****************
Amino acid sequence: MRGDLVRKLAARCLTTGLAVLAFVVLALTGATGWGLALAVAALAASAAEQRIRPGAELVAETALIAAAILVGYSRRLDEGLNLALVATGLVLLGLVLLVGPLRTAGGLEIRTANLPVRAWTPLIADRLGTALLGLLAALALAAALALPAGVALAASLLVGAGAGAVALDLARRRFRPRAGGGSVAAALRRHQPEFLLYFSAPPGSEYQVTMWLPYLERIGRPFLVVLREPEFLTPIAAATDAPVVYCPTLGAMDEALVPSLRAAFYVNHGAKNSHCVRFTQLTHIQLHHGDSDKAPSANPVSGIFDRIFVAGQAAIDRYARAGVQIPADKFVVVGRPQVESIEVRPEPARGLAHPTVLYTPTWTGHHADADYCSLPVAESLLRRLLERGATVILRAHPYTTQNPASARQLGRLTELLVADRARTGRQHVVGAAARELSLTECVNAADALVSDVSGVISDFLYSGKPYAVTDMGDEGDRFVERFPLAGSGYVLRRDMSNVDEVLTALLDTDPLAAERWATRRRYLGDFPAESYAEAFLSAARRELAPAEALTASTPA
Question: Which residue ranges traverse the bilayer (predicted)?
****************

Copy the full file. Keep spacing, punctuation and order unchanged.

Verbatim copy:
Amino acid sequence: MRGDLVRKLAARCLTTGLAVLAFVVLALTGATGWGLALAVAALAASAAEQRIRPGAELVAETALIAAAILVGYSRRLDEGLNLALVATGLVLLGLVLLVGPLRTAGGLEIRTANLPVRAWTPLIADRLGTALLGLLAALALAAALALPAGVALAASLLVGAGAGAVALDLARRRFRPRAGGGSVAAALRRHQPEFLLYFSAPPGSEYQVTMWLPYLERIGRPFLVVLREPEFLTPIAAATDAPVVYCPTLGAMDEALVPSLRAAFYVNHGAKNSHCVRFTQLTHIQLHHGDSDKAPSANPVSGIFDRIFVAGQAAIDRYARAGVQIPADKFVVVGRPQVESIEVRPEPARGLAHPTVLYTPTWTGHHADADYCSLPVAESLLRRLLERGATVILRAHPYTTQNPASARQLGRLTELLVADRARTGRQHVVGAAARELSLTECVNAADALVSDVSGVISDFLYSGKPYAVTDMGDEGDRFVERFPLAGSGYVLRRDMSNVDEVLTALLDTDPLAAERWATRRRYLGDFPAESYAEAFLSAARRELAPAEALTASTPA
Question: Which residue ranges traverse the bilayer (predicted)?